Successful new employee onboarding is a challenge for many companies. I hear common questions from clients:
- “How do we help new employees see that they’ve made a great decision by coming to work with us?”
- “How do we get people productive quickly?”
- “What alternatives are there to pulling people away to attend classroom training?”
- “How do we make sure our new hires stick around?”
These challenges are especially relevant in the retail world, where many employees may think of their jobs as temporary, and where turnover is especially high. While every company is different, I’ve found some basic principles drive success in onboarding:
- Where do I fit? Where does my role and my contributions fit into the big picture?
- What is our purpose? What are the goals of the organization and what do I need to do to help us get there?
- How do I succeed? What are the processes and tools I need to achieve success? What does success look like?
- How do I become part of a community? How do I build a network, where I can both support and be supported? How do I sustain all of this past onboarding?
So what does that look like in practice? Here’s an example:
Where do I fit?
I’ve seen some companies do a really good job with onboarding. Effective organizations tend to look at onboarding for all roles as an on-going set of experiences, rather than as an event. We all need to know where we fit in the big picture. So the 4-hour session with HR on the first day where new hires meet a few executives and learn about the company structure is important –as long as I understand how it impacts my job and my contribution. Companies that do onboarding really well see “traditional” onboarding as just the first step to a series of well-planned formal and informal learning experiences.
A retail bank I worked with created a series of Onboarding Journeys for each of the roles in its branches. On Day 1, in addition to the generic company orientation, new bankers receive a roadmap that lays out their Onboarding Journey for the next several months. Points on the Journey include a mix of traditional classroom and web-based training, structured peer coaching and a “nesting” period in a “training branch”, and virtual live sessions. Proficiency checkpoints are included along the way, so new bankers can see how they’re expected to progress, and the support they’ll receive, from the beginning of their journey. New bankers comment that they like knowing what to expect and are impressed that the company has such an organized onboarding program.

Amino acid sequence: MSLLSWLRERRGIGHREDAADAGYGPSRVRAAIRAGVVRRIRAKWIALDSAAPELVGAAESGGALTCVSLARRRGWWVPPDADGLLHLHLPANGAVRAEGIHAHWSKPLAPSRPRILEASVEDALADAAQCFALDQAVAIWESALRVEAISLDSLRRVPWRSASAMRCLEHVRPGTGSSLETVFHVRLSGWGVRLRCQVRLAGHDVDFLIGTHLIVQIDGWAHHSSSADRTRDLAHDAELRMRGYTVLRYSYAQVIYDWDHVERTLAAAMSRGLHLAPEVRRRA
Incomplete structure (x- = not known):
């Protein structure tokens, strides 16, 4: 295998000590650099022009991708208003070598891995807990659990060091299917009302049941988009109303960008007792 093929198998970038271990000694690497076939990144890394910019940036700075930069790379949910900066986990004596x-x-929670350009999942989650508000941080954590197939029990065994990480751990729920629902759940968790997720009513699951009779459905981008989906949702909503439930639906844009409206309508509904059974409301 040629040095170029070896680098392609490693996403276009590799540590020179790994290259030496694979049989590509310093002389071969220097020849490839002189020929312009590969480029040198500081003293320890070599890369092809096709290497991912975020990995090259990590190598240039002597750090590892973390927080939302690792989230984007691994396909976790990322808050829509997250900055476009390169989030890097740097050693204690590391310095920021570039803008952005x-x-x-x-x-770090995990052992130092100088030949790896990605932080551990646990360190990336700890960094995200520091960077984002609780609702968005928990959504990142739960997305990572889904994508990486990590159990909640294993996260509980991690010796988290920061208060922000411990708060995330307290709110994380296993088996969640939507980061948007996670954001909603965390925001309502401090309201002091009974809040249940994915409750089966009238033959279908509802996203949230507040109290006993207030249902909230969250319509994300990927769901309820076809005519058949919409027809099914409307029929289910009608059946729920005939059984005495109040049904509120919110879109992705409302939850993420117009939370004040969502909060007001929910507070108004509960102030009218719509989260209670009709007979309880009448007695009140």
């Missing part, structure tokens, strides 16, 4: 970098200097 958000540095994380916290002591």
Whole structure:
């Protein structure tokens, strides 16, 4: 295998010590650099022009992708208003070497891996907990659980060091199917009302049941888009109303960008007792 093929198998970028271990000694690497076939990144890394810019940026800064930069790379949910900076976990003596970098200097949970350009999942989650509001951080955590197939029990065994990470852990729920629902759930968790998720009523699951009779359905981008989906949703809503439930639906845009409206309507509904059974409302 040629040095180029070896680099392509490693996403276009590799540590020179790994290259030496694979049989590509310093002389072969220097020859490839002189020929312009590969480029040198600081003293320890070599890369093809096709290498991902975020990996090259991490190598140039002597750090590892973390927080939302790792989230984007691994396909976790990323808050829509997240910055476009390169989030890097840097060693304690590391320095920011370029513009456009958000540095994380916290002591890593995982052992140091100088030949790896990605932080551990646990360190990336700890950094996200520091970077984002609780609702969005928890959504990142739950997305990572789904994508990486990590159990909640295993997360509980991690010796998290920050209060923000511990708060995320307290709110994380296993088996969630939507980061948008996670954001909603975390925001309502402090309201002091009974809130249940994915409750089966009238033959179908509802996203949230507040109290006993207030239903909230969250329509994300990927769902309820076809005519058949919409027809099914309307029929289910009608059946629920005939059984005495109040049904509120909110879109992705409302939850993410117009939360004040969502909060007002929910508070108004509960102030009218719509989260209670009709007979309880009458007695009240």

What is our purpose?
Each leg of the journey has a purpose and presents an opportunity to weave in themes around the company vision and values. In the bank’s case, the themes reinforce the company Purpose and the importance of creating great client experiences. This approach helps new team members understand how they contribute to the goals of the organization.
How do I succeed?
Introductory virtual classroom sessions help new bankers get started and present the Journey. These sessions, along with meetings with their managers, give new bankers an understanding of their roles, what success looks like, and how to achieve success.
A series of web-based courses interspersed throughout the journey provides baseline knowledge of services and solutions. They also start to introduce the systems, resources, and tools bankers use on-the-job. So very early in the journey, new bankers start to learn “how things work” and “how to get things done.” And even though these courses are more focused on services and solutions, they weave in real client-based scenarios to further reinforce the client experience theme.
How do I become part of a community?
For their first month on the job, new bankers work in a “nesting” branch supported by a peer coach. This allows them to be productive serving clients very quickly, with on-going support from their coach. The bankers can practice skills and receive immediate feedback. The peer coaching program also helps the banker begin to build a network within the bank, which can start to build a sense of belonging.
The program uses three live interactive experiences staggered throughout the onboarding journey to allow for hands-on practice, teach the “people skills,” and help new bankers continue to pull together all of the aspects of the job – the services, the tools, providing excellent client experiences.
All of the stops along this Onboarding Journey together, help the bank achieve its goals. And the metrics show that this approach is working; the bank is seeing lower turnover in the roles where the program is in effect and new bankers are well-qualified to do their jobs in less time. The new bankers also have a positive experience knowing from Day 1, what to expect and how to be successful.
As they say, you never get a second chance to make a first impression. In the high-turnover retail world, effective onboarding has multiple benefits. It makes your team members feel welcome, empowered, and productive, encouraging them to stay and build a career. And effective onboarding accelerates speed to productivity, meaning your team members provide more value more rapidly–helping to assure that everybody meets their goals and enjoys success.
Interested in learning more about PDG’s approach to onboarding? Download our free white paper, The Business Case for Talent Onboarding!
Melissa Van is an Account Director and a consultant for Performance Development Group.